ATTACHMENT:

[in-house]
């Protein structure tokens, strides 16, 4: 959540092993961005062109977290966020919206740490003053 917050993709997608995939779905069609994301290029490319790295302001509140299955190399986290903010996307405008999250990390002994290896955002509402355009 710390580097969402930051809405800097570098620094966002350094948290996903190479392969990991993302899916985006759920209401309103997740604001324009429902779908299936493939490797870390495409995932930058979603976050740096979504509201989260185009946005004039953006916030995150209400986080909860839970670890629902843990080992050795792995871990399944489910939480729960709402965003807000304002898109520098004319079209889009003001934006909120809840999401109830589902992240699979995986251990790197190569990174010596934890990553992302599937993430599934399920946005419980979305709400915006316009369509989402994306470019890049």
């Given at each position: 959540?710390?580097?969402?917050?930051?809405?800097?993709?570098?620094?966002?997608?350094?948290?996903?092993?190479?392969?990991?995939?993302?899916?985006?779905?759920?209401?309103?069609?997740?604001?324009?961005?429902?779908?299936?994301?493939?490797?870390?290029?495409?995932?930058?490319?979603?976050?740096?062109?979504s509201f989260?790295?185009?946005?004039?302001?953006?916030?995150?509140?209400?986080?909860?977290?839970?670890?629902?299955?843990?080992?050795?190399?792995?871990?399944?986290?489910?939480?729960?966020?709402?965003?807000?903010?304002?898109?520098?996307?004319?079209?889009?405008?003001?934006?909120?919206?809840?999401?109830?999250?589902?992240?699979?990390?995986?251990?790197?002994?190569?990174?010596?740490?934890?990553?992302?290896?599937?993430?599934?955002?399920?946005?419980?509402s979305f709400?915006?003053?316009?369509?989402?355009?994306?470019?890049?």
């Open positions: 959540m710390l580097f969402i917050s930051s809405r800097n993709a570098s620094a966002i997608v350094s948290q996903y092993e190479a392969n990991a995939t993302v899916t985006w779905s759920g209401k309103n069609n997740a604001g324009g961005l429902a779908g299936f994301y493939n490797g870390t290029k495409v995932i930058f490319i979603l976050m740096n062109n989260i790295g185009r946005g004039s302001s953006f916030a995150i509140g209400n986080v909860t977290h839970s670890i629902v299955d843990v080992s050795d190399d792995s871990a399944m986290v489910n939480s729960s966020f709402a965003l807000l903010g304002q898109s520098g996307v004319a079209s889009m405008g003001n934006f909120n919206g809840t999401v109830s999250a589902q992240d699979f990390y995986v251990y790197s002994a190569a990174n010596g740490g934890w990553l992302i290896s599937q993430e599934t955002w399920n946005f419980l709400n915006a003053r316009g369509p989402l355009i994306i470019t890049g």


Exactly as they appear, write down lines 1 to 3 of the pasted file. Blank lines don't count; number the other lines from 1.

[in-house]
């Protein structure tokens, strides 16, 4: 959540092993961005062109977290966020919206740490003053 917050993709997608995939779905069609994301290029490319790295302001509140299955190399986290903010996307405008999250990390002994290896955002509402355009 710390580097969402930051809405800097570098620094966002350094948290996903190479392969990991993302899916985006759920209401309103997740604001324009429902779908299936493939490797870390495409995932930058979603976050740096979504509201989260185009946005004039953006916030995150209400986080909860839970670890629902843990080992050795792995871990399944489910939480729960709402965003807000304002898109520098004319079209889009003001934006909120809840999401109830589902992240699979995986251990790197190569990174010596934890990553992302599937993430599934399920946005419980979305709400915006316009369509989402994306470019890049």
């Given at each position: 959540?710390?580097?969402?917050?930051?809405?800097?993709?570098?620094?966002?997608?350094?948290?996903?092993?190479?392969?990991?995939?993302?899916?985006?779905?759920?209401?309103?069609?997740?604001?324009?961005?429902?779908?299936?994301?493939?490797?870390?290029?495409?995932?930058?490319?979603?976050?740096?062109?979504s509201f989260?790295?185009?946005?004039?302001?953006?916030?995150?509140?209400?986080?909860?977290?839970?670890?629902?299955?843990?080992?050795?190399?792995?871990?399944?986290?489910?939480?729960?966020?709402?965003?807000?903010?304002?898109?520098?996307?004319?079209?889009?405008?003001?934006?909120?919206?809840?999401?109830?999250?589902?992240?699979?990390?995986?251990?790197?002994?190569?990174?010596?740490?934890?990553?992302?290896?599937?993430?599934?955002?399920?946005?419980?509402s979305f709400?915006?003053?316009?369509?989402?355009?994306?470019?890049?």